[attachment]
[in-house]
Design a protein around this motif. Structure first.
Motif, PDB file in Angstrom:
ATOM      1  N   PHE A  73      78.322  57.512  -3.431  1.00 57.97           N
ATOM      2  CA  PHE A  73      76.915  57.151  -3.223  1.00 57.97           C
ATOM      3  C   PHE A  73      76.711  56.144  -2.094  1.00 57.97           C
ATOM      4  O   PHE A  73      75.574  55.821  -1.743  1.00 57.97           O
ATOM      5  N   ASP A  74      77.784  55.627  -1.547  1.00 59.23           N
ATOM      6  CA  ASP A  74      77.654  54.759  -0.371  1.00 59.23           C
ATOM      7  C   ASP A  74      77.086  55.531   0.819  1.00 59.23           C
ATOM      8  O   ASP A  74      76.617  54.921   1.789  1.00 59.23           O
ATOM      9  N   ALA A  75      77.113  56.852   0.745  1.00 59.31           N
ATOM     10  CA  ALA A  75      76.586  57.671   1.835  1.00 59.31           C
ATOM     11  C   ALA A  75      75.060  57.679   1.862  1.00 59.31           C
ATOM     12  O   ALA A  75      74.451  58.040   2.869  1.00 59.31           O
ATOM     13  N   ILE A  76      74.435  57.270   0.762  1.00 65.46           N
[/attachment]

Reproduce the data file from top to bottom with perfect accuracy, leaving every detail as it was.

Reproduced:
[in-house]
Design a protein around this motif. Structure first.
Motif, PDB file in Angstrom:
ATOM      1  N   PHE A  73      78.322  57.512  -3.431  1.00 57.97           N
ATOM      2  CA  PHE A  73      76.915  57.151  -3.223  1.00 57.97           C
ATOM      3  C   PHE A  73      76.711  56.144  -2.094  1.00 57.97           C
ATOM      4  O   PHE A  73      75.574  55.821  -1.743  1.00 57.97           O
ATOM      5  N   ASP A  74      77.784  55.627  -1.547  1.00 59.23           N
ATOM      6  CA  ASP A  74      77.654  54.759  -0.371  1.00 59.23           C
ATOM      7  C   ASP A  74      77.086  55.531   0.819  1.00 59.23           C
ATOM      8  O   ASP A  74      76.617  54.921   1.789  1.00 59.23           O
ATOM      9  N   ALA A  75      77.113  56.852   0.745  1.00 59.31           N
ATOM     10  CA  ALA A  75      76.586  57.671   1.835  1.00 59.31           C
ATOM     11  C   ALA A  75      75.060  57.679   1.862  1.00 59.31           C
ATOM     12  O   ALA A  75      74.451  58.040   2.869  1.00 59.31           O
ATOM     13  N   ILE A  76      74.435  57.270   0.762  1.00 65.46           N